"Because in Cyberspace, no one can hear you scream."
Monday, August 22, 2005
(Astrobiology Magazine) With the help of NASA's Spitzer Space Telescope, astronomers have conducted the most comprehensive structural analysis of our galaxy and have found tantalizing new evidence that the Milky Way is much different from your ordinary spiral galaxy.
Using an orbiting infrared telescope scientists were able to validate that our Milky Way, long thought to be a simply spiral galaxy is in fact a bar galaxy. Although this doesn't change the fate of our homeworld Earth (let alone the solar system) this is an important event none-the-less as scientists know very little about how bar galaxies operate, although theories abound about how this type of galaxy can exist.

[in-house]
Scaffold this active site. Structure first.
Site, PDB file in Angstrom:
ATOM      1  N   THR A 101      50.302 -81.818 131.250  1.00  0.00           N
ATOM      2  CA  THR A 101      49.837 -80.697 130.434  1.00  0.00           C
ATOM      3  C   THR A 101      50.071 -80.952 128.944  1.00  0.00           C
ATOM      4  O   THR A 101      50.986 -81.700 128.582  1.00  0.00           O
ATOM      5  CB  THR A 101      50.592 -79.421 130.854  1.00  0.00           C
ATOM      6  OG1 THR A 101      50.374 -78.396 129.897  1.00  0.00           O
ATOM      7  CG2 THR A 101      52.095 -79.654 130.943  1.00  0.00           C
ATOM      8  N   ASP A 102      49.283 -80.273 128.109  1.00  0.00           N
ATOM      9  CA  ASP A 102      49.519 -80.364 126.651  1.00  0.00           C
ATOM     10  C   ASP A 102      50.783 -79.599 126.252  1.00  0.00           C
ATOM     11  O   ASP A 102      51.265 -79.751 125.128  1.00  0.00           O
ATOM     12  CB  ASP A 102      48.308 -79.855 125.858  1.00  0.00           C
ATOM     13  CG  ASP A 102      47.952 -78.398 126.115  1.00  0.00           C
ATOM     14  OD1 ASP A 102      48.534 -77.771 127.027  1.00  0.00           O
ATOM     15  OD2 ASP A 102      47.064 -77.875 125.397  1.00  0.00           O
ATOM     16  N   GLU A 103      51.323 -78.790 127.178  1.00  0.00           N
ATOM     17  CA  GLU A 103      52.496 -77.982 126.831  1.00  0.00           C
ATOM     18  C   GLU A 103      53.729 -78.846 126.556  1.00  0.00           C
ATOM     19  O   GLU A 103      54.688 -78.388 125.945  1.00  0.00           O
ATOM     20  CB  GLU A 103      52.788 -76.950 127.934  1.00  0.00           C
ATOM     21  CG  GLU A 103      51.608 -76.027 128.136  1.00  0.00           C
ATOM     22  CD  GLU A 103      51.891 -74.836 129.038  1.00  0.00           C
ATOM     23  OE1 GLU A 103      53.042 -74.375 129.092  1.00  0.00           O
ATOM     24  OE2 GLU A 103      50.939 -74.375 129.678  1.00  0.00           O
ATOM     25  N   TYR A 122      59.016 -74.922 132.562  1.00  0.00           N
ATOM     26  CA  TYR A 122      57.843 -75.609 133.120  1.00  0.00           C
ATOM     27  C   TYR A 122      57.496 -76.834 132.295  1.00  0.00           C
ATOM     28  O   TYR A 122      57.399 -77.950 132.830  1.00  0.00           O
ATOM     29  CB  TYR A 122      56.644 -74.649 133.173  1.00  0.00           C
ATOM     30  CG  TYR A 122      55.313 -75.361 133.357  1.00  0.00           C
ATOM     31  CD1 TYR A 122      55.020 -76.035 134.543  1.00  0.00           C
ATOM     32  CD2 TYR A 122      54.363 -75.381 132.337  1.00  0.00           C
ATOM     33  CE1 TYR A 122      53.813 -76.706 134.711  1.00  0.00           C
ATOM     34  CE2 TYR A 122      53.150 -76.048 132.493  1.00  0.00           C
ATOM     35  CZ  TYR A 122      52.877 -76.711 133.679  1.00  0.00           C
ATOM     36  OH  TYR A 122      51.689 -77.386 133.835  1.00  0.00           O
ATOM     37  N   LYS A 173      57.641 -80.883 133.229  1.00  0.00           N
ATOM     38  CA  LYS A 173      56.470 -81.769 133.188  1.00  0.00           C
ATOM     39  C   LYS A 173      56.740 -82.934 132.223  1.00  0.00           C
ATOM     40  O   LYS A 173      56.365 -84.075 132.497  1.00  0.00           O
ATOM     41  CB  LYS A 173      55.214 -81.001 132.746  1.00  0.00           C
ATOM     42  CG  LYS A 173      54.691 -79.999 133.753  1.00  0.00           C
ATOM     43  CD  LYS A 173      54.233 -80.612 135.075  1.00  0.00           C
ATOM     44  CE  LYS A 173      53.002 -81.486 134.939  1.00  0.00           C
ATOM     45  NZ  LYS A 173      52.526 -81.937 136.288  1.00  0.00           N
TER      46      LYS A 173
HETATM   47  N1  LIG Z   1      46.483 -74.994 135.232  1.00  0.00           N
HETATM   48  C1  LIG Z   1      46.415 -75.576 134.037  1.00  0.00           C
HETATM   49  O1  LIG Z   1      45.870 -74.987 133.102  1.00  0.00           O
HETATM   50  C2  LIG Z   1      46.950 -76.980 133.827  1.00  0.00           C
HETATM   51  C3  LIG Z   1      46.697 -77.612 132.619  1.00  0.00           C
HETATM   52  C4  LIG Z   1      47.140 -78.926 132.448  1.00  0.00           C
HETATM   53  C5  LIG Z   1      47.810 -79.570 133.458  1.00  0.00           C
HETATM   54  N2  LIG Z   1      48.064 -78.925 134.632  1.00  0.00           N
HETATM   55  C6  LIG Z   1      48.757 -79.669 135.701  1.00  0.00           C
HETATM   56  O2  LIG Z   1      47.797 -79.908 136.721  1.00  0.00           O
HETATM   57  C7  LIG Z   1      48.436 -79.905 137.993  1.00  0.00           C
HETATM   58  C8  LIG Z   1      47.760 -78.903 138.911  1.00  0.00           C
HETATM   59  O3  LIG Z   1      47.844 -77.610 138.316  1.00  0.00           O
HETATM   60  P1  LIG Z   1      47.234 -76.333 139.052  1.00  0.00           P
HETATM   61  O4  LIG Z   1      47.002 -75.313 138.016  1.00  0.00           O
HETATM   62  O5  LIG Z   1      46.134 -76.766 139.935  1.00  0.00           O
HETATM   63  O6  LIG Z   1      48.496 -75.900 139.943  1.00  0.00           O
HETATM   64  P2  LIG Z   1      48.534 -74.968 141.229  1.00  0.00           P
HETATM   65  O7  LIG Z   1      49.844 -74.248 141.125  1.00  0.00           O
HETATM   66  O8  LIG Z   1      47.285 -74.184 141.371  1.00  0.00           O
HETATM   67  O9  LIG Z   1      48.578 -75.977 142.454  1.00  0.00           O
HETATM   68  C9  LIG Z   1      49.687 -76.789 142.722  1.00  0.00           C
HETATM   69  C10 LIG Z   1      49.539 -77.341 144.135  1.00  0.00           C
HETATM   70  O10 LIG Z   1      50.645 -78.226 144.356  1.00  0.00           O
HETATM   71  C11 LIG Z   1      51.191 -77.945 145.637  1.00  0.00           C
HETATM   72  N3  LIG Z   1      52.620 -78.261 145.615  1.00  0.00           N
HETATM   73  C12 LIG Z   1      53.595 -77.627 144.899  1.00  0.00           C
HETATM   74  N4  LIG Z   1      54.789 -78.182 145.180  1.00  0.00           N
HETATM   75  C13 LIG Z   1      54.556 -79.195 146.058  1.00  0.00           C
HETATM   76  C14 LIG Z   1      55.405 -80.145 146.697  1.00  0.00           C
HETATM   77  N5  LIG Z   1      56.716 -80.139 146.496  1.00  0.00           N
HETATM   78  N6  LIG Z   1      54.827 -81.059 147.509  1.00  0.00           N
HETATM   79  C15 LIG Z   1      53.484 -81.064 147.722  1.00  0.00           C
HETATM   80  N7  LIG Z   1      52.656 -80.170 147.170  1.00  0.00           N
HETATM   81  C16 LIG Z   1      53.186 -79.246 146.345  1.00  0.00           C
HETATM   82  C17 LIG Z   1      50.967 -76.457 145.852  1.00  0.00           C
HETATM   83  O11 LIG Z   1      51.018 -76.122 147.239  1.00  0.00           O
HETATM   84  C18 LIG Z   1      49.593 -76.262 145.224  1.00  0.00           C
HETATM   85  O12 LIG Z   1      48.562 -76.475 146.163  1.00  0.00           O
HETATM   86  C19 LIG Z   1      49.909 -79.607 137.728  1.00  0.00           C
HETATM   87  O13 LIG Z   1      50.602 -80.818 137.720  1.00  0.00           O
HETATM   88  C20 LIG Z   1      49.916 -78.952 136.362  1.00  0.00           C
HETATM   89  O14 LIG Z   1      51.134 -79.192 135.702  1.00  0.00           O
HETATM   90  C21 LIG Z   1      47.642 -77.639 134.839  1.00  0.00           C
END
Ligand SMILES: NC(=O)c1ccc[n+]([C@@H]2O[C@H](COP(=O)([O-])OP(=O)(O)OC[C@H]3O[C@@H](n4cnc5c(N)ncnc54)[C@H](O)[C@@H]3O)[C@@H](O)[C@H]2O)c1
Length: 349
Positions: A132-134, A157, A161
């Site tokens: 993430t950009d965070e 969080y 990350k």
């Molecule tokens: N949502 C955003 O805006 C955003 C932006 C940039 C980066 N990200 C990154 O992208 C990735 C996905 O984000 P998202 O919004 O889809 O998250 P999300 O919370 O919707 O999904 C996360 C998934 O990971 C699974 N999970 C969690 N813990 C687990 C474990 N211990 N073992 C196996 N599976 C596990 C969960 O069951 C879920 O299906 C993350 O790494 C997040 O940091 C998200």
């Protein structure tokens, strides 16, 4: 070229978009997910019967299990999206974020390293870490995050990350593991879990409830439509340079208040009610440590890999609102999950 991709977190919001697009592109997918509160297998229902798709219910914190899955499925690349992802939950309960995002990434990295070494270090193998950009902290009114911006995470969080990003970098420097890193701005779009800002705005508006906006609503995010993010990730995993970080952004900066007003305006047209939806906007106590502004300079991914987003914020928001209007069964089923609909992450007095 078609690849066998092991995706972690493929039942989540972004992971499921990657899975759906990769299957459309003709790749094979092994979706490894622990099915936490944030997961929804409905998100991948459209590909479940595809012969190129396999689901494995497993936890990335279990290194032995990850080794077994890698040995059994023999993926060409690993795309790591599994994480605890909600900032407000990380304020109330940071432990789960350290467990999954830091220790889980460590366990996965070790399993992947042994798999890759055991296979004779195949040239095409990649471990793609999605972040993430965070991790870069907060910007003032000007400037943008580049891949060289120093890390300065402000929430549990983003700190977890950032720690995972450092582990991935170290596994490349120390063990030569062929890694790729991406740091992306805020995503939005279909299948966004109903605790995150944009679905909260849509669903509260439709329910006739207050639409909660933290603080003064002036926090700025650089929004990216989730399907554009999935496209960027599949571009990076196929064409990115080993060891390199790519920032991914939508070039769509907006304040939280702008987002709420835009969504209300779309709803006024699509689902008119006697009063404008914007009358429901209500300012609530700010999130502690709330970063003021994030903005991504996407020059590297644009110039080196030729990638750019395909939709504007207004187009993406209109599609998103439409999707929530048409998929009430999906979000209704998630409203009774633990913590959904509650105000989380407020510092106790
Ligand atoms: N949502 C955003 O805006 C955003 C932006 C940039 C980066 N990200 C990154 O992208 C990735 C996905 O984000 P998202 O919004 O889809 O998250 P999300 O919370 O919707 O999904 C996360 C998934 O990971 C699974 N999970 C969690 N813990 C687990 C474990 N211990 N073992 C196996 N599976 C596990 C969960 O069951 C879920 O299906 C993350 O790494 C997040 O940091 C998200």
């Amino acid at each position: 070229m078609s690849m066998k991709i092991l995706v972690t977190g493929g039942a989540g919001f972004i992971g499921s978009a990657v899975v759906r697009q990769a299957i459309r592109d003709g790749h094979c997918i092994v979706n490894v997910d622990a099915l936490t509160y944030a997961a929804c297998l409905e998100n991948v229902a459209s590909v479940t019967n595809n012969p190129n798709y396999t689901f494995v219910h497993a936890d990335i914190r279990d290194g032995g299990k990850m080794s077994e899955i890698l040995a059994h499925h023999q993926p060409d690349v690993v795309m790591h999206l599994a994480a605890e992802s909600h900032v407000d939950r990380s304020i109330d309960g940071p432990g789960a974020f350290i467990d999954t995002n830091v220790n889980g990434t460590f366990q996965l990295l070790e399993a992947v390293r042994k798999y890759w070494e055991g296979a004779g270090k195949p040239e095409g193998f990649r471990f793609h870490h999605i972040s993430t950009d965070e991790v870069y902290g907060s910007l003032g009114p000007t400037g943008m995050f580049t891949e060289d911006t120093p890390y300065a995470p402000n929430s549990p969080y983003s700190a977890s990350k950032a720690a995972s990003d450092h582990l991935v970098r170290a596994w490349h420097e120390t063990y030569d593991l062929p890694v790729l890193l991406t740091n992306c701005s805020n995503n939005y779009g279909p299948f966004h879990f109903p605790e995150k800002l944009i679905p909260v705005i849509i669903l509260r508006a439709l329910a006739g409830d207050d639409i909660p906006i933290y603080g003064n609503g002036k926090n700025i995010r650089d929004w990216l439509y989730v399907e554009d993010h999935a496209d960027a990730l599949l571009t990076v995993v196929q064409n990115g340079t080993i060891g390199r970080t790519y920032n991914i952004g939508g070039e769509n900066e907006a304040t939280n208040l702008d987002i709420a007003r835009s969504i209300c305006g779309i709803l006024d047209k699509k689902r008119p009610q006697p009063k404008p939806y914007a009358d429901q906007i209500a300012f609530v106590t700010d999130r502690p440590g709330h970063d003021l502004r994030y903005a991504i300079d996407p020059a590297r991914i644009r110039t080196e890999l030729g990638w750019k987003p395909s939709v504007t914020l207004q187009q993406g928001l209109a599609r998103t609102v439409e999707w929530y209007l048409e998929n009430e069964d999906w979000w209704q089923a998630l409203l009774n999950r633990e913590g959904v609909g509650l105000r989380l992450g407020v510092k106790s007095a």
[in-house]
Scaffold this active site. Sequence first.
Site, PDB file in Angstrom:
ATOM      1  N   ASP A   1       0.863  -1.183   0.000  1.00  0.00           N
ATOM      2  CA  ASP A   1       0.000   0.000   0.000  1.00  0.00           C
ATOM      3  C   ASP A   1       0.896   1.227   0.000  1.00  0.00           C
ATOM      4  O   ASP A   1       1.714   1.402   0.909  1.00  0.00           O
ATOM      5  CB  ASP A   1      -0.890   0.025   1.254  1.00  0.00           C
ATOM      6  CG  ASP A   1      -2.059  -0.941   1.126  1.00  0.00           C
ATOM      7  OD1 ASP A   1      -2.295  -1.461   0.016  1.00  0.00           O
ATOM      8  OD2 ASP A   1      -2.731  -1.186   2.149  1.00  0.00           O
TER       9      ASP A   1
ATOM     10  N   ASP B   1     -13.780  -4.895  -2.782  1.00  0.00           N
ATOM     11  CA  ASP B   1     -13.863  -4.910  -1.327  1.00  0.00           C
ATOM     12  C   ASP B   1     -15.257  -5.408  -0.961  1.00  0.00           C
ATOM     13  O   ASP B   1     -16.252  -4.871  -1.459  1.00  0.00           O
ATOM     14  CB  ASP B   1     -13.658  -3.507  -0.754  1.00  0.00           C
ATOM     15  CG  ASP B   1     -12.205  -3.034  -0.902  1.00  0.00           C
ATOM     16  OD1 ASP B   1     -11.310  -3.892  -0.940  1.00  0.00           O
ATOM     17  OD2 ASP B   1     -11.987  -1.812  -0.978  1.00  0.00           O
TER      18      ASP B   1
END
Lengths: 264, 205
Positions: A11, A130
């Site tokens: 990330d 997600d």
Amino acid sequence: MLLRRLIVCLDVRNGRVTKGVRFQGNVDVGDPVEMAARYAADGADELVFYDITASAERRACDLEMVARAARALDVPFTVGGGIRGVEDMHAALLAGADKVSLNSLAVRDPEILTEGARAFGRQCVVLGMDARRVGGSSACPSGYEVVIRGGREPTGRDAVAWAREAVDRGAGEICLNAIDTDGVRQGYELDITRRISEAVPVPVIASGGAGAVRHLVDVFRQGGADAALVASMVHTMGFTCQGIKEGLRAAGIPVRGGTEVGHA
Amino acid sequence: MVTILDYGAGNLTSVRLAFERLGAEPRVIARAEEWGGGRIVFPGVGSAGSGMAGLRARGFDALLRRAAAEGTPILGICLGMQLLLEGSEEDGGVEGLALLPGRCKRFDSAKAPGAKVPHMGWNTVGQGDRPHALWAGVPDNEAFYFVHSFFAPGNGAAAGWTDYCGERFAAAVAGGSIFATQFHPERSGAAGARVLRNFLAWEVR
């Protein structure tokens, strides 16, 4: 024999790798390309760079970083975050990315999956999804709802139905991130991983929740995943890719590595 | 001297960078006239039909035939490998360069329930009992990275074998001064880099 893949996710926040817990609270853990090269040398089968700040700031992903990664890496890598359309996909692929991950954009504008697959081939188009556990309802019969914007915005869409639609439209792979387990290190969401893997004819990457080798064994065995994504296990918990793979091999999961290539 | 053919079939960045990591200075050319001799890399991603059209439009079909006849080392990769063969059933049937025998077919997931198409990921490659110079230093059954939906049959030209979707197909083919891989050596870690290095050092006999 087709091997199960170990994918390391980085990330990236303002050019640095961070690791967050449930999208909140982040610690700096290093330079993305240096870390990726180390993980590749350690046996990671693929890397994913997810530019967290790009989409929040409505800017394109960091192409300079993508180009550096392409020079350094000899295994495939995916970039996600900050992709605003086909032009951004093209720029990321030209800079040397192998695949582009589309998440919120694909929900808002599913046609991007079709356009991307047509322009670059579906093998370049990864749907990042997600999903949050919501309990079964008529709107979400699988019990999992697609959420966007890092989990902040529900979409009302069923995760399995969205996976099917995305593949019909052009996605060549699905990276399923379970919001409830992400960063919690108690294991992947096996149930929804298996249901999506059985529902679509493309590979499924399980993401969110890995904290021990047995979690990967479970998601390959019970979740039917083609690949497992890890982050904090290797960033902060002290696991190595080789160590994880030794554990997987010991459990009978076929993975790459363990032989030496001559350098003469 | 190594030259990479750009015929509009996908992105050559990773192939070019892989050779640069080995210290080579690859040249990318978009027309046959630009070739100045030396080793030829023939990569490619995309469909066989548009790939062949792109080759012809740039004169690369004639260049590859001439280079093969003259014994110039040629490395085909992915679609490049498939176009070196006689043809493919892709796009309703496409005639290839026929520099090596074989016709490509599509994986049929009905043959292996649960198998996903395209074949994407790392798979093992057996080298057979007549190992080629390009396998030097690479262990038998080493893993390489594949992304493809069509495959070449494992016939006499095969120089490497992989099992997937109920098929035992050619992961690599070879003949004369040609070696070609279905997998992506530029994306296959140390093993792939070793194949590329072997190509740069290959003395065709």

(Centre Daily) While some other galaxies have bars at the center, many do not. Bars are believed to be caused by the collective gravitational effect of stars that are in odd orbits, tugging on each other, said Michael Skrutskie, a professor of astronomy at the University of Virginia.
"We are fairly ignorant about the structure of our galaxy," he said. "We are starting to learn a lot about it. (The new paper) is the latest installment." (Source)
One theory that scientists seem fairly confident on is that the bar is composed of ancient suns red stars, spanning about 27,000 light years in length. Although there is little current information about bar galaxies in general, being inside one allows scientists to observe how they operate and may lead to some unanswered questions.
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